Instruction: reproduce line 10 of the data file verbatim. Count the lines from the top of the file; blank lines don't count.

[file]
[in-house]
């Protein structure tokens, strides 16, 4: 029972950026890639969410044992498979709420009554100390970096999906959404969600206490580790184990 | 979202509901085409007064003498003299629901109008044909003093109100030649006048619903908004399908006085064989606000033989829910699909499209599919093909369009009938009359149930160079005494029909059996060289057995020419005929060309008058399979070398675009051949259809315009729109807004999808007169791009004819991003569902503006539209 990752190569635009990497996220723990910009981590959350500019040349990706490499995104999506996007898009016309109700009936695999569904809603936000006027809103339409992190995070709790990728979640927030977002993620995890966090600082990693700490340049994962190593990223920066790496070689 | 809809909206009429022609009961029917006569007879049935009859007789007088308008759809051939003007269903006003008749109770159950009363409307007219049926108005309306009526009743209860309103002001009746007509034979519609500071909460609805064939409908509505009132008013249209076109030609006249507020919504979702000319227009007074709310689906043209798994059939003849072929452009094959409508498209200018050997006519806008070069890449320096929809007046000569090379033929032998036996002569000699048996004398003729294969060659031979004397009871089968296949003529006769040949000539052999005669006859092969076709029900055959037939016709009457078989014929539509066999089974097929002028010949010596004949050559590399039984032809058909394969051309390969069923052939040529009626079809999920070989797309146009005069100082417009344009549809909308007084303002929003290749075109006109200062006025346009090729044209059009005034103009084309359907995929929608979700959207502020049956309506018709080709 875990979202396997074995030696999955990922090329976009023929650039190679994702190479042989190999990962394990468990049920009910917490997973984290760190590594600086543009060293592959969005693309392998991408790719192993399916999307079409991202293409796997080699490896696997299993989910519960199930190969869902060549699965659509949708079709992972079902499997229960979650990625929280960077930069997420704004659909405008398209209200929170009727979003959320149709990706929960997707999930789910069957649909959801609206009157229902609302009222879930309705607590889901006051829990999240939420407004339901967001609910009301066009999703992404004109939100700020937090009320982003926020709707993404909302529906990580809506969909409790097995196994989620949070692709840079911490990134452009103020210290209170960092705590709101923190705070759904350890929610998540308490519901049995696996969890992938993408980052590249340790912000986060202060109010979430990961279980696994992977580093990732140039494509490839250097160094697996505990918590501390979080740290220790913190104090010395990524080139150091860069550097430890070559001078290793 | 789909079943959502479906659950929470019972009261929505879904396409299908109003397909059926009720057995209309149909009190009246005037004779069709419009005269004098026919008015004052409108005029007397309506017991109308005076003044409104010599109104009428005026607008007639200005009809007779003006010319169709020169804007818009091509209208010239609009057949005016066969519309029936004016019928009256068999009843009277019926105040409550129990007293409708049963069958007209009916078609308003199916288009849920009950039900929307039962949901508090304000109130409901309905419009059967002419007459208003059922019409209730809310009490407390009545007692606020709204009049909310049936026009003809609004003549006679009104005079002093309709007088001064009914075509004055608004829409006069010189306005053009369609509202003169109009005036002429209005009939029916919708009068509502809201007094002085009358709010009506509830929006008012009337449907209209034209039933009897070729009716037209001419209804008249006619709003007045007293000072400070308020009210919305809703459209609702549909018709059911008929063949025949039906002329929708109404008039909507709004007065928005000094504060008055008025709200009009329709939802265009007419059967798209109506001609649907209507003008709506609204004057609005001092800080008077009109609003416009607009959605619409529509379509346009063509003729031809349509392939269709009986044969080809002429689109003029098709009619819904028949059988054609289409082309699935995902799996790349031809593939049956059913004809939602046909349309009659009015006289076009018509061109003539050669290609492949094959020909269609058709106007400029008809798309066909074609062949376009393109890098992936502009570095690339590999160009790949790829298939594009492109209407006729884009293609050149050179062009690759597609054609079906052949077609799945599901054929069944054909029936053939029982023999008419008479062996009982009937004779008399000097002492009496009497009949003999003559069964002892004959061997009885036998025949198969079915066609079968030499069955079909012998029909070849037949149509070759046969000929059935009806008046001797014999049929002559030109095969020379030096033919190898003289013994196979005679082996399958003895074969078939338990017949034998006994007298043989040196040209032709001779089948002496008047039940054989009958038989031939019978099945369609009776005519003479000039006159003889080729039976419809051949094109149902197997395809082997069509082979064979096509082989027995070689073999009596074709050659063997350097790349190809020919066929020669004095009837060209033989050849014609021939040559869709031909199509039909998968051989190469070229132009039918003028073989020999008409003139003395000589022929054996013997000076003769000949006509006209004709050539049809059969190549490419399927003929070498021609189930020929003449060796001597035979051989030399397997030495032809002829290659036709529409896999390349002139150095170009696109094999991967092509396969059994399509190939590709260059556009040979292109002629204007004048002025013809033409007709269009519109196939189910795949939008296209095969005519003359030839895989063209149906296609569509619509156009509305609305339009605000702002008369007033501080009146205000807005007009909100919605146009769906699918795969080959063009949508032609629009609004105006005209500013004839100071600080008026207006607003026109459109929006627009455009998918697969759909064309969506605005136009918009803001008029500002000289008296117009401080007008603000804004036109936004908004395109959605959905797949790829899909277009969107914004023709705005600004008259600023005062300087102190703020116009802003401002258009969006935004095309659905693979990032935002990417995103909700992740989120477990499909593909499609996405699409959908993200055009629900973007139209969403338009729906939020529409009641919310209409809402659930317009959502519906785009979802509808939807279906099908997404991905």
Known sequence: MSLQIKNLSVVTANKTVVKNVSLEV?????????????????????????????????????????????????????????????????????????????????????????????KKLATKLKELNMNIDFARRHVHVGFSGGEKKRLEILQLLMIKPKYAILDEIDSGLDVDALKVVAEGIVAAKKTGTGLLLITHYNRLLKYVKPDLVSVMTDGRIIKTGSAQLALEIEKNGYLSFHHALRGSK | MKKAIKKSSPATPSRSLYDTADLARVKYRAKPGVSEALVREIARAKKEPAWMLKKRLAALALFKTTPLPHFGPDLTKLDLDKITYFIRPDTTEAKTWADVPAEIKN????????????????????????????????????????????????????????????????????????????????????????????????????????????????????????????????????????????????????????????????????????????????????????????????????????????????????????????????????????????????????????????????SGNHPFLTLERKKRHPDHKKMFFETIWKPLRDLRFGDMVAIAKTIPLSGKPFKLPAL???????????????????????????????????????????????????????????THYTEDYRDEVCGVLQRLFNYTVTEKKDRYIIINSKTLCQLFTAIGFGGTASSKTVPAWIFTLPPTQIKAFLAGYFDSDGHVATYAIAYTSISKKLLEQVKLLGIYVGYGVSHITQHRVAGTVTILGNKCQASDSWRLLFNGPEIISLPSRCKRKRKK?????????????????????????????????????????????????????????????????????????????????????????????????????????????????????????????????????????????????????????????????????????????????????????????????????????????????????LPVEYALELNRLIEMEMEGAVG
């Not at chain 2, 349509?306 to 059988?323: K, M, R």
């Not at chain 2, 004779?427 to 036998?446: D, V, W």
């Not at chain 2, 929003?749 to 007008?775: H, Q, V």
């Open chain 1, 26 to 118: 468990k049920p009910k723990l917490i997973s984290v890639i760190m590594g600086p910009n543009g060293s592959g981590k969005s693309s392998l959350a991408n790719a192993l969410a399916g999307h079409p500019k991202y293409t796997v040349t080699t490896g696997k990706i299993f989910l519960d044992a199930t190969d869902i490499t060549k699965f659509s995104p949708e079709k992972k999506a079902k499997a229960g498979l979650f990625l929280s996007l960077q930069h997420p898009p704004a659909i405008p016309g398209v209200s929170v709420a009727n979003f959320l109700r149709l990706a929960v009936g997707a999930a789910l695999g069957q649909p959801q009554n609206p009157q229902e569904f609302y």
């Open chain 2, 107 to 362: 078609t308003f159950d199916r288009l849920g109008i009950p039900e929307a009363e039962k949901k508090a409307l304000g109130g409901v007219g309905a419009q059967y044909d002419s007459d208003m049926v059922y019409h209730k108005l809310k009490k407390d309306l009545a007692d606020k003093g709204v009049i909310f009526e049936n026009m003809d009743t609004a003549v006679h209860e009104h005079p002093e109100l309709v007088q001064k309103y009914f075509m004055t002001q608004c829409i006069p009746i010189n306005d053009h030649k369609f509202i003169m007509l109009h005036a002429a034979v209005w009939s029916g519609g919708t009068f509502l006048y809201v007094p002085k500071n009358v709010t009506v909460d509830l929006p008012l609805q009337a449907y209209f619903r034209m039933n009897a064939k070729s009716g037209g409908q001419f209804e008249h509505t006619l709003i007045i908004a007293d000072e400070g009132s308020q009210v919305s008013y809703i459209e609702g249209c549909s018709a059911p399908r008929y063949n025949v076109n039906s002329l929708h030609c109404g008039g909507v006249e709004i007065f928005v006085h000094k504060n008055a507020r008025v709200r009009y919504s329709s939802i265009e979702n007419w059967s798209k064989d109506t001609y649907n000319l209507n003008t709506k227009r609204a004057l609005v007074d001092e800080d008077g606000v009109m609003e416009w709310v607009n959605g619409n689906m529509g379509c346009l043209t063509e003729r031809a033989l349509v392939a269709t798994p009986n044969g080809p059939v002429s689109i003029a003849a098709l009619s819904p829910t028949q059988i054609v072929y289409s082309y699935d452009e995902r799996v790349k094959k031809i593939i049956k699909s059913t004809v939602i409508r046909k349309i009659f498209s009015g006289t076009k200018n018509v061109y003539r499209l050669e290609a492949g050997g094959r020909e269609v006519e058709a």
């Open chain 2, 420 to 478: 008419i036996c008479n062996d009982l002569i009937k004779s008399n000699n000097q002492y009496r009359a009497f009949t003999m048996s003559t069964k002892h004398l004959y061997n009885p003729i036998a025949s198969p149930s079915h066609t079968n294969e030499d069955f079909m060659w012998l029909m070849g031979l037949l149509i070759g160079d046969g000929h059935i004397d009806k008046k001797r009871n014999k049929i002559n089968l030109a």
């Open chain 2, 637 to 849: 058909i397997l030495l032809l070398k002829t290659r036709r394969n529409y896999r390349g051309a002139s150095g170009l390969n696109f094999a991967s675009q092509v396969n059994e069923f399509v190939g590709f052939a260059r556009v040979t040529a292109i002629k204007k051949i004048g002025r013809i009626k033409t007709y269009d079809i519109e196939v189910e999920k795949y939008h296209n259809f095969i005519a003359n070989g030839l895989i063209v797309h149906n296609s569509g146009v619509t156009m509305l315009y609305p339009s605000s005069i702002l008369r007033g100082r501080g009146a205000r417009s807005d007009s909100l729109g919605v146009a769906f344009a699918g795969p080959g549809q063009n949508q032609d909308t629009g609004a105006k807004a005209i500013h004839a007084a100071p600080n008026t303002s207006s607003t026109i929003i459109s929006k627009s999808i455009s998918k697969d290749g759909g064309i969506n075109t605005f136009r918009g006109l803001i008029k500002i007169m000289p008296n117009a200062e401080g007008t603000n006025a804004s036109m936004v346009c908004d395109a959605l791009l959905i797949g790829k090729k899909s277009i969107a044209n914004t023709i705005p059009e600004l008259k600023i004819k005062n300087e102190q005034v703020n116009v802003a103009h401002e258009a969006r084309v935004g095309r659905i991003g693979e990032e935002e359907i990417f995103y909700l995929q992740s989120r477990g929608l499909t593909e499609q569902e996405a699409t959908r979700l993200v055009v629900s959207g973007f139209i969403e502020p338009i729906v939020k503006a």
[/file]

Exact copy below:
């Open chain 2, 637 to 849: 058909i397997l030495l032809l070398k002829t290659r036709r394969n529409y896999r390349g051309a002139s150095g170009l390969n696109f094999a991967s675009q092509v396969n059994e069923f399509v190939g590709f052939a260059r556009v040979t040529a292109i002629k204007k051949i004048g002025r013809i009626k033409t007709y269009d079809i519109e196939v189910e999920k795949y939008h296209n259809f095969i005519a003359n070989g030839l895989i063209v797309h149906n296609s569509g146009v619509t156009m509305l315009y609305p339009s605000s005069i702002l008369r007033g100082r501080g009146a205000r417009s807005d007009s909100l729109g919605v146009a769906f344009a699918g795969p080959g549809q063009n949508q032609d909308t629009g609004a105006k807004a005209i500013h004839a007084a100071p600080n008026t303002s207006s607003t026109i929003i459109s929006k627009s999808i455009s998918k697969d290749g759909g064309i969506n075109t605005f136009r918009g006109l803001i008029k500002i007169m000289p008296n117009a200062e401080g007008t603000n006025a804004s036109m936004v346009c908004d395109a959605l791009l959905i797949g790829k090729k899909s277009i969107a044209n914004t023709i705005p059009e600004l008259k600023i004819k005062n300087e102190q005034v703020n116009v802003a103009h401002e258009a969006r084309v935004g095309r659905i991003g693979e990032e935002e359907i990417f995103y909700l995929q992740s989120r477990g929608l499909t593909e499609q569902e996405a699409t959908r979700l993200v055009v629900s959207g973007f139209i969403e502020p338009i729906v939020k503006a």